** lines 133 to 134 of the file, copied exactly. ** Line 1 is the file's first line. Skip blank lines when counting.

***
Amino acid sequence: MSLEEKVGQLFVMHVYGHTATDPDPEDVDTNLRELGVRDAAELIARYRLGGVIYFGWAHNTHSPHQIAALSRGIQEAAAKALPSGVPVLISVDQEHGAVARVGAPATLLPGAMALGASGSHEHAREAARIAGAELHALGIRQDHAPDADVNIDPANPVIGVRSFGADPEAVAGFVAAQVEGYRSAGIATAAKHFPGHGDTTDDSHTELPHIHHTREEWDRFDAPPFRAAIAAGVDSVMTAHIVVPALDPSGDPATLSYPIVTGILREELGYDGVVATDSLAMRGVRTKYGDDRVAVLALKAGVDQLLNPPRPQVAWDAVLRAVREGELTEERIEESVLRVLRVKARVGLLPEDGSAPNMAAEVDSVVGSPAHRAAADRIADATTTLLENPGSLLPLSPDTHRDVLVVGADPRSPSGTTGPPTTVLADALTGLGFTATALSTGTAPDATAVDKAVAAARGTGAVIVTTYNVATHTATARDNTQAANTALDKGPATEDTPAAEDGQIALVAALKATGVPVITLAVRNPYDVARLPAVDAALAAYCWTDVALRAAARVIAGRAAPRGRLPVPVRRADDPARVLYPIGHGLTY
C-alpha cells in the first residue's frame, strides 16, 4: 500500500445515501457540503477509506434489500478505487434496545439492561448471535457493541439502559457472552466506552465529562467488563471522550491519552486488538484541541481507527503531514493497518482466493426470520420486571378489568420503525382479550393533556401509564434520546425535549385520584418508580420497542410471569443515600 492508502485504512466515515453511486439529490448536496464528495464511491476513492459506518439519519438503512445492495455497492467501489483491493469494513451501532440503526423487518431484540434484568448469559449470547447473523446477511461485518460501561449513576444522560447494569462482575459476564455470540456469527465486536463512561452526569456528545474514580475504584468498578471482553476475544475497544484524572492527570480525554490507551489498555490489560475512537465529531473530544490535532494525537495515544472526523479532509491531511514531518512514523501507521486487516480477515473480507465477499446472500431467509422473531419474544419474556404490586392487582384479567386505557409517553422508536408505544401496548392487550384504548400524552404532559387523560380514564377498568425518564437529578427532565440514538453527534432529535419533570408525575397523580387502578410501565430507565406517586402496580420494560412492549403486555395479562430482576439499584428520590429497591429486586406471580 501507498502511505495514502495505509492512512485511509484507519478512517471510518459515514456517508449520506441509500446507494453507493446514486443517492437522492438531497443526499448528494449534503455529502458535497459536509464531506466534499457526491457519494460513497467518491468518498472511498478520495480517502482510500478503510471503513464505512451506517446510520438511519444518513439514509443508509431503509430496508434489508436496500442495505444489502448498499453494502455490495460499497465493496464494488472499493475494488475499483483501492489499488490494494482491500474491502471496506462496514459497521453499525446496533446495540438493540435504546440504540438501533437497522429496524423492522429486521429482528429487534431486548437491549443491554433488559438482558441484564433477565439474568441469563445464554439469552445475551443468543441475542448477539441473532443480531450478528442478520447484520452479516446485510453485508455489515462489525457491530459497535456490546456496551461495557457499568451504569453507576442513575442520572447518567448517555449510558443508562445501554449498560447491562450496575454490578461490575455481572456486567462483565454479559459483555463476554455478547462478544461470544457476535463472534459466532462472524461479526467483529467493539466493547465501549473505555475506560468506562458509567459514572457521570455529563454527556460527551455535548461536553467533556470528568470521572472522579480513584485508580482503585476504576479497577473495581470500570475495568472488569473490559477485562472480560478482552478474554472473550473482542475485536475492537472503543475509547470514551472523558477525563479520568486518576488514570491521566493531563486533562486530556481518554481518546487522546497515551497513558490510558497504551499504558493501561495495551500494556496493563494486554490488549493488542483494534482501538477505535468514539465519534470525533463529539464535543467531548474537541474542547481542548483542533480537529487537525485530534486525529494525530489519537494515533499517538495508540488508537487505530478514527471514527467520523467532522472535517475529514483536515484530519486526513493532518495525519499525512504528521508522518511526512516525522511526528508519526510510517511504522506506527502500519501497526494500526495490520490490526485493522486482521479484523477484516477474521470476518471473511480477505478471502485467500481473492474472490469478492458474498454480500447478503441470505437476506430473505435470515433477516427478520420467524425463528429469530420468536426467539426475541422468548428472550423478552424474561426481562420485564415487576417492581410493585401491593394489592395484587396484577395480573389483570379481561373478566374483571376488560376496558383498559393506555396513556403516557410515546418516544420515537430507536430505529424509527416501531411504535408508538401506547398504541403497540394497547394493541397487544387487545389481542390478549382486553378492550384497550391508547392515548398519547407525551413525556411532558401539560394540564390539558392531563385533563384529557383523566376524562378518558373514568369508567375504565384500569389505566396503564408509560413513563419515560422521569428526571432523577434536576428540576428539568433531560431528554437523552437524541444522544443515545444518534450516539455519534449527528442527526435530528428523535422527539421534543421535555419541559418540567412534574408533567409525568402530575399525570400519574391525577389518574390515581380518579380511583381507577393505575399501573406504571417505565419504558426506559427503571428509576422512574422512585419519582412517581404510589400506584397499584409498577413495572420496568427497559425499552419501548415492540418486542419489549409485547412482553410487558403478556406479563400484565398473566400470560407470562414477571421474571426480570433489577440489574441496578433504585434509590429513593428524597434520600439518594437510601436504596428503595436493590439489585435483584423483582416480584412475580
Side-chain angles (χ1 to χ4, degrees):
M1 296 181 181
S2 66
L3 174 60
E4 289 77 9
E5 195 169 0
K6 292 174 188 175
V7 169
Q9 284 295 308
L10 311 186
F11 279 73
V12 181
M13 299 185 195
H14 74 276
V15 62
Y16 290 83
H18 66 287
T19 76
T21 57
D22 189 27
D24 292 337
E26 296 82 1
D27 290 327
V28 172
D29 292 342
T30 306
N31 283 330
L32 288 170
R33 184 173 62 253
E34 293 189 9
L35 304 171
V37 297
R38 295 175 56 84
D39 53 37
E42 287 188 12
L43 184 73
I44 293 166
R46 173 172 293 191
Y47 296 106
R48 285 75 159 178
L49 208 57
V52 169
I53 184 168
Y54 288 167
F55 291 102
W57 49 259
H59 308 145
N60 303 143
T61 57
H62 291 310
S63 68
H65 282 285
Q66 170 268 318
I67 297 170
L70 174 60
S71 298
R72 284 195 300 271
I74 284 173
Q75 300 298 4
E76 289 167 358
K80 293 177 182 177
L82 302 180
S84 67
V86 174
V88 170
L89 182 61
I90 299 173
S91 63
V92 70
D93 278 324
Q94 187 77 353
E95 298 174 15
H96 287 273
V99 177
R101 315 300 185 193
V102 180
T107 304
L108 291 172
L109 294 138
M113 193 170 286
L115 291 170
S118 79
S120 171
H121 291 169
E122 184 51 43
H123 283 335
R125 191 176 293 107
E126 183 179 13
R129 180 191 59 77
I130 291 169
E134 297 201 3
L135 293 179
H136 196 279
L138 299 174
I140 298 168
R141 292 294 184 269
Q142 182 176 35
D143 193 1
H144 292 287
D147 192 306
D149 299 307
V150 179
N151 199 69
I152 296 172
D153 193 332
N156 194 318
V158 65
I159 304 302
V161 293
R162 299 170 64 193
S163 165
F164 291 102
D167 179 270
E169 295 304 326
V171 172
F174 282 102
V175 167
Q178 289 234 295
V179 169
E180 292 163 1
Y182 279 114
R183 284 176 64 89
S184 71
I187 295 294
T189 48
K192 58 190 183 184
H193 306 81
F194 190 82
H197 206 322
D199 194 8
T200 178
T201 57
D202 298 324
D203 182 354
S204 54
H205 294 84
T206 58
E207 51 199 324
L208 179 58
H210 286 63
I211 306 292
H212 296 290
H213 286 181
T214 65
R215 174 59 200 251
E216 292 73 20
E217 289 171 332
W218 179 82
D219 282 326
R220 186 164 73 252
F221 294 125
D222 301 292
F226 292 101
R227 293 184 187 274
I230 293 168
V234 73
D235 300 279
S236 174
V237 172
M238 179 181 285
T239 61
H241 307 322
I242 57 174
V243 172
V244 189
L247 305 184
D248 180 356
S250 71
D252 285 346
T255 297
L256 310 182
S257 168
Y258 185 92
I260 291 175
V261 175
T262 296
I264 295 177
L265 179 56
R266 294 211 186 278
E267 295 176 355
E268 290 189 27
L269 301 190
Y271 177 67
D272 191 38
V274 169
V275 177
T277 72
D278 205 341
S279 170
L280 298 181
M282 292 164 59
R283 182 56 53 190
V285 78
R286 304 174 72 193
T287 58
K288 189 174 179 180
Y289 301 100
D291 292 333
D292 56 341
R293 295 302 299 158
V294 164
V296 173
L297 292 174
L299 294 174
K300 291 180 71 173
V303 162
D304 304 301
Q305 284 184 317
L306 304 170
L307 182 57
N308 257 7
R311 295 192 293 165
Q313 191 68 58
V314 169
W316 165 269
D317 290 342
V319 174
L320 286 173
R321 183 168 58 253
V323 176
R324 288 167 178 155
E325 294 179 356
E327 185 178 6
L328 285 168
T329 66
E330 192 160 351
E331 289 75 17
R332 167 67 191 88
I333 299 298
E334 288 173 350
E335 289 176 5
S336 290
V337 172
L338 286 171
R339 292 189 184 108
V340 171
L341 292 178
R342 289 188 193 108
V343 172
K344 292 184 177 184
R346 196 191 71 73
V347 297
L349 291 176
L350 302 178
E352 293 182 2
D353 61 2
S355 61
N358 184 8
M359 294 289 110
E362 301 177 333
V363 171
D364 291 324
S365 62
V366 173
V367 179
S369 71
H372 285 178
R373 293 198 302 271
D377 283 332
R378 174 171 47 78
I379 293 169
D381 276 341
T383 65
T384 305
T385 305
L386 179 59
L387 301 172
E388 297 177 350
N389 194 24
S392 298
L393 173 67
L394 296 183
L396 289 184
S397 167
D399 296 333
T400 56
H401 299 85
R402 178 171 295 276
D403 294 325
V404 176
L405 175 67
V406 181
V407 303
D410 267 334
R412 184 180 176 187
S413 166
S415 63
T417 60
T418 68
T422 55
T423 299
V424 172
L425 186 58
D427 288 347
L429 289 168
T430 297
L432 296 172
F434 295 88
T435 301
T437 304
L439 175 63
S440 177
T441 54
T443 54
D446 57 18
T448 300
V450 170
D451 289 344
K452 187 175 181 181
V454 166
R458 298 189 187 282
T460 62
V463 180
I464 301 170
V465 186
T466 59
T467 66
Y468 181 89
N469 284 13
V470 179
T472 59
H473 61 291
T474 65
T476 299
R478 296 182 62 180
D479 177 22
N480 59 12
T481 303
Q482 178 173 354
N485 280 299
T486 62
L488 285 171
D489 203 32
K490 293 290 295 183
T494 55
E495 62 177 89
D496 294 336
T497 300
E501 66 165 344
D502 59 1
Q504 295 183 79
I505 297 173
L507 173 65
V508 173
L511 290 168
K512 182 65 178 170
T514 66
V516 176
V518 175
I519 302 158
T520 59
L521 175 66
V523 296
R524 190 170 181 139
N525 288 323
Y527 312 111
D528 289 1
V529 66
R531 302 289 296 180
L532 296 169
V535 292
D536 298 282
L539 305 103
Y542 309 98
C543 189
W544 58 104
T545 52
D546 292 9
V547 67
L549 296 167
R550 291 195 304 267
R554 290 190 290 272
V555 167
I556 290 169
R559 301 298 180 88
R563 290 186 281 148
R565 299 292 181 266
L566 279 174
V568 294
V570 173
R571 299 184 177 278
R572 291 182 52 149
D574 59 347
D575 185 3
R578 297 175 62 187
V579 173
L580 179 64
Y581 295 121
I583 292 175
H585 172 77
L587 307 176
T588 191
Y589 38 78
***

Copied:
T200 178
T201 57